Southern crown coronal hole stirring up geomagnetic storms

southern-crown-coronal-hole-stirring-up-geomagnetic-storms

Earth is currently under the influence of a high speed solar wind speed, originating in negative polarity southern crown coronal hole, which is causing periods of geomagnetic storming on our planet.

Solar wind readings indicated a co-rotating interaction region (CIR) which came in advance of a negative polarity southern crown coronal hole high speed stream (CH HSS) yesterday. Enhanced density readings along with a rise in total field was followed by increased Bz variability.

Wind speed gradually increased from near 400 km/s to about 550 km/s through 18:15 UTC on February 1 when wind speeds sharply increased to a peak of 748 km/s at 20:06 UTC. 

Afterwards, wind speed averaged close to 675 km/s.

Wind speed increased again, from near 540 km/s to a maximum of 783 km/s at 05:46 UTC on February 2 before leveling off near 660 km/s.  Total field increased to a maximum of 15 nT by 01:38 UTC, but dropped to around 6 nT after 04:26 UTC. The Bz component was variable between +10 nT and -12 nT during last 12 hours.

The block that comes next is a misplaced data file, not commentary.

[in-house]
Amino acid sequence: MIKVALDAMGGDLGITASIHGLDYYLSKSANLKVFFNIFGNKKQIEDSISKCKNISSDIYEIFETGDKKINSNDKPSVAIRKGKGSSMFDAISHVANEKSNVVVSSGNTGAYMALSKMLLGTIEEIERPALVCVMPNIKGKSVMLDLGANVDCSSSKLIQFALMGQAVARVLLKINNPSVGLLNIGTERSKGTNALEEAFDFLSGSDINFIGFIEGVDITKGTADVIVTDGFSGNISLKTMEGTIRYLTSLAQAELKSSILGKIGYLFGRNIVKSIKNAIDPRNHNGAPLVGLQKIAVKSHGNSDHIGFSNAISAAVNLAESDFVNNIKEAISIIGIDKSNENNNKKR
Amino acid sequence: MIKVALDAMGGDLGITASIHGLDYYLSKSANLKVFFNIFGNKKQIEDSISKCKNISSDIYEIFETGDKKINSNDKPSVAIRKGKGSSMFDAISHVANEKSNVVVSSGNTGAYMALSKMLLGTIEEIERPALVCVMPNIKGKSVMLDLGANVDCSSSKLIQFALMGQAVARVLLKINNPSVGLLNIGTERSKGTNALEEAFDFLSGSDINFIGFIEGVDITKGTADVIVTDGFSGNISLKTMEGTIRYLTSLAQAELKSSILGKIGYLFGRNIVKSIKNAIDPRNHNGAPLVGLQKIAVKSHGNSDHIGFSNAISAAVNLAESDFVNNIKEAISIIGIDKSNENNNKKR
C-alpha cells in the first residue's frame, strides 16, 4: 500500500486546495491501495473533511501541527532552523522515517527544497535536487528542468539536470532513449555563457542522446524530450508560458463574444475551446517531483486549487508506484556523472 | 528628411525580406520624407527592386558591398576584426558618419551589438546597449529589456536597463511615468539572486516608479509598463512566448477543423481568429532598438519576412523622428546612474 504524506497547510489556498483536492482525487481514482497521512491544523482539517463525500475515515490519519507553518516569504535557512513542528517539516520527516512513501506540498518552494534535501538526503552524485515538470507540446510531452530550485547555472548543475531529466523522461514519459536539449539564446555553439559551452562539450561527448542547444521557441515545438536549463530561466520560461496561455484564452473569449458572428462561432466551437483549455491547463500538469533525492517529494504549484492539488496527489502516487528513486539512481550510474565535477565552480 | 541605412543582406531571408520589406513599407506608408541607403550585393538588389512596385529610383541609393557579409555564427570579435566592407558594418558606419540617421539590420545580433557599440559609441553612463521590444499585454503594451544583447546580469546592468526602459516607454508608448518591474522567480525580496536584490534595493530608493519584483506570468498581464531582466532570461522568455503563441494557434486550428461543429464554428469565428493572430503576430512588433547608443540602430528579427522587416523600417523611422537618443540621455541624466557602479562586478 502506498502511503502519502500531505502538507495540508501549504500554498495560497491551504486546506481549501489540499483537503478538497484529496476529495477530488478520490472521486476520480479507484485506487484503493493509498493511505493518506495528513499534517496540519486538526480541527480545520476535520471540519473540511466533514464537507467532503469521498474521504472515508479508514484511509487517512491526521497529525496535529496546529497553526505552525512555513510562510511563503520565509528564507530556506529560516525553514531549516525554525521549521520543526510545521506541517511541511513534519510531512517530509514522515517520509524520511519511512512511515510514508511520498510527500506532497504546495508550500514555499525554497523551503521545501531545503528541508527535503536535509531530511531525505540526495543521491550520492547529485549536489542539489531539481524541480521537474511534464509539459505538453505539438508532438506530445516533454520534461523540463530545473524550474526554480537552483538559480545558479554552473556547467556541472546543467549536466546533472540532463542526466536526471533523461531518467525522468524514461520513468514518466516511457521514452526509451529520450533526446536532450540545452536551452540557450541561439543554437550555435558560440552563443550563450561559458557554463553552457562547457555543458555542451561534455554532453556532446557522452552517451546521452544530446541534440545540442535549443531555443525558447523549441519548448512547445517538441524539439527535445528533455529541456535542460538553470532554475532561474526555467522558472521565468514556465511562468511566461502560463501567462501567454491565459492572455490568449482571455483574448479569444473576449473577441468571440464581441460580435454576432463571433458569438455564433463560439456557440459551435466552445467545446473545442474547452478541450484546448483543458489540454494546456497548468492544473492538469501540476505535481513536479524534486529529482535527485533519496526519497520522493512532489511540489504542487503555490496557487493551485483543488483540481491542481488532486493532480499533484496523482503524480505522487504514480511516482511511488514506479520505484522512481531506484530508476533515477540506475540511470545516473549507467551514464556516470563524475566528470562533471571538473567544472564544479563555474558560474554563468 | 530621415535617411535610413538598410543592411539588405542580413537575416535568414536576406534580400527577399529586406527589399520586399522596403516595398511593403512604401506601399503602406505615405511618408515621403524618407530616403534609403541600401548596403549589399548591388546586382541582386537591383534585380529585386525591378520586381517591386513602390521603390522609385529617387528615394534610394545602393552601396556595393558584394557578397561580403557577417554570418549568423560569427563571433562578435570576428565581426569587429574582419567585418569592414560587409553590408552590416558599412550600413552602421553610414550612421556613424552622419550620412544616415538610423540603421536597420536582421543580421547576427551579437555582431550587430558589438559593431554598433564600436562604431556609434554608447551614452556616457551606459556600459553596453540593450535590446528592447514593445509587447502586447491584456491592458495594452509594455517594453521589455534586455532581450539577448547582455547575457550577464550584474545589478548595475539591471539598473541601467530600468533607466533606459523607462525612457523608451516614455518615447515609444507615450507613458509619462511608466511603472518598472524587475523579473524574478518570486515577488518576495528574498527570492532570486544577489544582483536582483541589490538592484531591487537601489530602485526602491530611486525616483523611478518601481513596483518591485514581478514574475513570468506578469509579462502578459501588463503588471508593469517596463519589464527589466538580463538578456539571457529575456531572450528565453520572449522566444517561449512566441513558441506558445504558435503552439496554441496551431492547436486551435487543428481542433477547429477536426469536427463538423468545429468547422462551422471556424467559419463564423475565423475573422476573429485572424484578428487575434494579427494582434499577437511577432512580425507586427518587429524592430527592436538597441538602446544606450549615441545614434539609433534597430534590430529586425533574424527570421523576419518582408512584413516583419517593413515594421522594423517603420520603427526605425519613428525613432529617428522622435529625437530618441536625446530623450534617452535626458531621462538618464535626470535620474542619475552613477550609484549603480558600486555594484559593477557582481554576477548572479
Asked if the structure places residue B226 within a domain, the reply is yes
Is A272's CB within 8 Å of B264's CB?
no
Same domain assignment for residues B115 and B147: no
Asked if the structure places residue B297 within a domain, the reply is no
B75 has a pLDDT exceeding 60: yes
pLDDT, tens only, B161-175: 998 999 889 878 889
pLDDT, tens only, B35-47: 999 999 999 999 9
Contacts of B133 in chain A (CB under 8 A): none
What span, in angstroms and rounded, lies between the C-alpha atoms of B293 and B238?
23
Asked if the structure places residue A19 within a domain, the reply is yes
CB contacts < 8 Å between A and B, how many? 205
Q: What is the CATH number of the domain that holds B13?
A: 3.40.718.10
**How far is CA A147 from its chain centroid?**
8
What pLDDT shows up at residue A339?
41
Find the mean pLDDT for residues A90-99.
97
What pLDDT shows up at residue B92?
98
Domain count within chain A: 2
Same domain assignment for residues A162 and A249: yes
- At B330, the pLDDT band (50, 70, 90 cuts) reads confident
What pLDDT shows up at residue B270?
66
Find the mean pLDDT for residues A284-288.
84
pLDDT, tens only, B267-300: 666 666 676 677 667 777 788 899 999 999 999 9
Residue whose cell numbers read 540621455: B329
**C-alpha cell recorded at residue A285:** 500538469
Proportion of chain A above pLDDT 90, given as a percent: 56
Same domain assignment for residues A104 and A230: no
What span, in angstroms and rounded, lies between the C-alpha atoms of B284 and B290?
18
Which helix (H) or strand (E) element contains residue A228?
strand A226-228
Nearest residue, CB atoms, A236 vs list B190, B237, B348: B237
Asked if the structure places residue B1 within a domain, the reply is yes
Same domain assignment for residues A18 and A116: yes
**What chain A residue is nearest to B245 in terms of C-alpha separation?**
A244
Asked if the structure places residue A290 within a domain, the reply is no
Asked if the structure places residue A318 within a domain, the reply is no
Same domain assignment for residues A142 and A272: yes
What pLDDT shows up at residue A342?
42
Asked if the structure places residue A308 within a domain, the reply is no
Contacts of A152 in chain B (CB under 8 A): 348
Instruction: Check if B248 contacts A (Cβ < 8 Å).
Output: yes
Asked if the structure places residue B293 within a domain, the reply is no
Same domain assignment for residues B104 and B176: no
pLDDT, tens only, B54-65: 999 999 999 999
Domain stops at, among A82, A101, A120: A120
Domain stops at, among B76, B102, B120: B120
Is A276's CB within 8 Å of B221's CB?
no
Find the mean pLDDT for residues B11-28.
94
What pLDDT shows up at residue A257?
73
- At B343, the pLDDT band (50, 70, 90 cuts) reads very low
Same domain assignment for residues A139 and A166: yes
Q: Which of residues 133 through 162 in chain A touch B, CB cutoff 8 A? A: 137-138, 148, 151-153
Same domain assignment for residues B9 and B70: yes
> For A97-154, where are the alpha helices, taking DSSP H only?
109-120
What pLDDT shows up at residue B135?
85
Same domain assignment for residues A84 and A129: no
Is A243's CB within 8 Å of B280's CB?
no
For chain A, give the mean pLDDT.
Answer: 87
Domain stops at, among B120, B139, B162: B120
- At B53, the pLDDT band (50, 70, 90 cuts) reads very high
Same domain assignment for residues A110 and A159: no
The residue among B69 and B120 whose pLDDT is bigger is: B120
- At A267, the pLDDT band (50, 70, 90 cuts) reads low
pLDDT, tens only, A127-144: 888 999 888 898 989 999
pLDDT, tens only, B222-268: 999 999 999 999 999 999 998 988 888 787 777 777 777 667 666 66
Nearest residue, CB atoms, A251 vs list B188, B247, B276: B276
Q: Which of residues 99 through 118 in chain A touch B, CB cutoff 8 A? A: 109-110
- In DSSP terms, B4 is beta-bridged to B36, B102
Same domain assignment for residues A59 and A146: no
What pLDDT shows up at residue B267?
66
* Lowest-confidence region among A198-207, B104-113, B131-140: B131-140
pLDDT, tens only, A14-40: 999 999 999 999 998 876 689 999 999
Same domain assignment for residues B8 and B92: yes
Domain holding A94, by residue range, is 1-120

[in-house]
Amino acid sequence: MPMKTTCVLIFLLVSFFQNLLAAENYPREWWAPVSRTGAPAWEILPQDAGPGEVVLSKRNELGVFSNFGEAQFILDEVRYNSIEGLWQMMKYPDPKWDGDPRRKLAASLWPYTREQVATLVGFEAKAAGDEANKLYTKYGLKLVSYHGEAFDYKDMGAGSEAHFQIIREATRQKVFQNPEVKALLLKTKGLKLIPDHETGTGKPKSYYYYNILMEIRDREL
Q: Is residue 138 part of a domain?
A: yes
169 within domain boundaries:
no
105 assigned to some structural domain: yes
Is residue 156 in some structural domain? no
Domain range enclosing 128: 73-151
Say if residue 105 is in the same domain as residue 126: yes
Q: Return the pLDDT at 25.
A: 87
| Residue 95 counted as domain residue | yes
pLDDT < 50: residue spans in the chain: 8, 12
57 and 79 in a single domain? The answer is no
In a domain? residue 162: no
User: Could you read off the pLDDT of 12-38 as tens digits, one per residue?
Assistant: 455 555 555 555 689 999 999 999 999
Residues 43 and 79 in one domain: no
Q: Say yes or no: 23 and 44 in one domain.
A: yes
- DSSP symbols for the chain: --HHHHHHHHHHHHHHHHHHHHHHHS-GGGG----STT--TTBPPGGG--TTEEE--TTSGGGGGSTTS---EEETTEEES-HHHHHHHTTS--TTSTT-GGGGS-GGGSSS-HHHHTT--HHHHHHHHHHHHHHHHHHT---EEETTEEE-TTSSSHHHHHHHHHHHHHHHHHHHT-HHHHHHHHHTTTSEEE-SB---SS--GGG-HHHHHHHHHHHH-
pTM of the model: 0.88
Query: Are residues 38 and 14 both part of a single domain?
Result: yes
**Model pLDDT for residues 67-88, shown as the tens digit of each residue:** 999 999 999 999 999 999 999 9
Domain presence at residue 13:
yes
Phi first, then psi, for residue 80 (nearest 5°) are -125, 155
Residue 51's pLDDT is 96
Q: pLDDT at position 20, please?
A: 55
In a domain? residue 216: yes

Solar wind parameters are expected to continue to be enhanced under CH HSS influence for the next three days (February 2 – 4). 

The geomagnetic field was at quiet to minor storm (G1-Minor) levels due to aforementioned CIR and CH HSS effects during last 24 hours. Minor storming periods were observed from 21:00 UTC yesterday until 06:00 UTC today.

Unsettled to minor storm (G1) levels are expected to continue today due to CH HSS activity. Quiet to active conditions are expected by February 3 and 4.

Space Weather Message Code: WARK05
Serial Number: 961
Issue Time: 2015 Feb 02 1227 UTC

EXTENDED WARNING: Geomagnetic K-index of 5 expected
Extension to Serial Number: 960
Valid From: 2015 Feb 01 2105 UTC
Now Valid Until: 2015 Feb 03 0000 UTC
Warning Condition: Persistence

NOAA Space Weather Scale descriptions can be found at
www.swpc.noaa.gov/noaa-scales-explanation

Potential Impacts: Area of impact primarily poleward of 60 degrees Geomagnetic Latitude.
Induced Currents - Weak power grid fluctuations can occur.
Spacecraft - Minor impact on satellite operations possible.
Aurora - Aurora may be visible at high latitudes, i.e., northern tier of the U.S. such as northern Michigan and Maine.

Featured image: Aurora over Reykjavik. Taken by Magnus (ReykjavikPhoto.com) on February 2, 2015 @ Reykjavik, Iceland (via SpaceWeather.com)

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